Chim Chim Cher-ee has a fantastic chord structure:

i, IIIaug, III, IV, iv, i, II7, V

Most of those transitions make sense to me. However, there are three transitions that I don't quite understand:

the i to IIIaug, IIIaug to III, and IV to iv.

All of these make the moving baseline nice and smooth (down a half step every measure). That said, I can't just make a song that has a the same baseline, and just choose any chord on top of it, and have it sound nice.

Why do those transitions work? Is the IIIaug not really a chord, and simply a moving note? Why is going from Major to minor fine here, and are there other spots that this transition is fine?

  • I never knew the song had that as its title! Jul 15, 2018 at 0:47
  • Google "line cliché"
    – b3ko
    Jul 15, 2018 at 1:53

1 Answer 1


This is an example of using chromaticism and common tones to color a chord progression.

If you look at the three chords you listed, there is one note difference between all of them. They have two common tones and the other note is approached by half step. In fact if you follow that chromatic note, you'll see it's what's driving that progression as that note continues to descend stepwise.

Another thing to note in your analysis is II7 is not correct. This is a common mistake for people stating to learn Roman Numeral Analysis. This chord is not functioning in the original key, but tonizing V by acting like a dominant. So the Roman Numeral for this would be V7/V.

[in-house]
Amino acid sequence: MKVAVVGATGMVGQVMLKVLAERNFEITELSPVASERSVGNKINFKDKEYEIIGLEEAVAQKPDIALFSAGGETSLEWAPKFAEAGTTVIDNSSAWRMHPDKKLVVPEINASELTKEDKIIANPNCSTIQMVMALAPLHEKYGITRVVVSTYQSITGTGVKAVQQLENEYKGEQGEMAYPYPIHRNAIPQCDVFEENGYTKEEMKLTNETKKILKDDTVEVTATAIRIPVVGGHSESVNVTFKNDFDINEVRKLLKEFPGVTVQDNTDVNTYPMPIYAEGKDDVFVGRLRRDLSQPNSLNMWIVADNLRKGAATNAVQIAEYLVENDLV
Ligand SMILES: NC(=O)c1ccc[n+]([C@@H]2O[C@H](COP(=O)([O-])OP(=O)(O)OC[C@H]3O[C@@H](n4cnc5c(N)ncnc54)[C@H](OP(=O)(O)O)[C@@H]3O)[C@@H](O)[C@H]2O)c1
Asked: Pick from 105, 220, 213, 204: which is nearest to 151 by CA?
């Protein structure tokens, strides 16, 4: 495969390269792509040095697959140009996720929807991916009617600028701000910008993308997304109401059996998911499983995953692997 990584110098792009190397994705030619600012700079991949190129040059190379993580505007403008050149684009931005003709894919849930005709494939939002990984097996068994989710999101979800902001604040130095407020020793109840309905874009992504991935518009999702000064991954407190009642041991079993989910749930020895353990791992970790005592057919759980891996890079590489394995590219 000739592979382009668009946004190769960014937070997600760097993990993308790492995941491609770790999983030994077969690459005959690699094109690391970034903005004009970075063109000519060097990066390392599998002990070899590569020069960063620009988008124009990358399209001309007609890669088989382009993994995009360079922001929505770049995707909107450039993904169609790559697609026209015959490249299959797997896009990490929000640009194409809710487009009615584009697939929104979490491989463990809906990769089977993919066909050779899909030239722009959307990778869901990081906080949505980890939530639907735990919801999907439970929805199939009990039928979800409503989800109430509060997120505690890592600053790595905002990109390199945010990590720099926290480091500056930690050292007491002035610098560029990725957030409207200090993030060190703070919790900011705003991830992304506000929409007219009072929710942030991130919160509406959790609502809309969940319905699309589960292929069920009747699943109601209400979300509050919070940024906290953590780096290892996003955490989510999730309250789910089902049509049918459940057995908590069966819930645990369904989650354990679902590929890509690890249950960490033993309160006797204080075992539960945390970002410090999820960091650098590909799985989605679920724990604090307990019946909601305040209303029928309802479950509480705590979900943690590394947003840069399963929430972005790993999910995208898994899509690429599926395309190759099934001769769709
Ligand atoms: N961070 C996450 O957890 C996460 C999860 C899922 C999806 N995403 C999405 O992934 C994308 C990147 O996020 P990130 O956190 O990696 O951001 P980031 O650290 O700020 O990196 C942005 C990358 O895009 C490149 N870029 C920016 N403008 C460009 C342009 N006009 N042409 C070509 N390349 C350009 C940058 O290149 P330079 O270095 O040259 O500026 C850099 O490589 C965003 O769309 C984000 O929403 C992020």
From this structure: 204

• So, in an effort to generalize, could I take most chords, and simply move a single note down or up (in a progression, perhaps)? Jul 14, 2018 at 17:27
  • 3
    Until I read the OP's roman numeral analysis, it never occurred to me to think about this song in terms of "chords". The most important thing after the tune is the counter-melody which is just a chromatic scale - in C, it's C B Bb A Ab G F# G. But then I play more Bach than Sherman & Sherman...
    – user19146
    Jul 14, 2018 at 18:48
  • II7 is not incorrect, I've seen many discussions about this on this website, and most of the times it's agreed that II7 or V7/V are both correct.
    – coconochao
    Jul 16, 2018 at 16:23
  • 1
    @coconochao it's not. It's a functional chord to the dominant, so writing in terms the tonic makes no sense. People understand what you mean, but it doesn't show the proper relationship. The whole point of Roman Numeral analysis is to show the function of the harmony which II7 does not function as any type of II. It's acting like a V. An example of this is using "too" when you meant "two". People can figure it out, but it doesn't make the use of it correct.
    – Dom
    Jul 16, 2018 at 16:25
  • 1
    Again it doesn't show proper relationship. They are secondary chords so for the analysis to be complete it needs to show that function. ii/ii V7/ii ii givens more information than iii VI7 ii ever can. It's easier for transcription the way you are writing it, but that's not the point of Roman Numeral analysis. It's a functional analysis. I can garuntee you that if you showed iii VI7 ii to someone just learning the subject they would have no idea what it relates or that it's a ii V7 i progression to the supertonic.
    – Dom
    Jul 16, 2018 at 16:43

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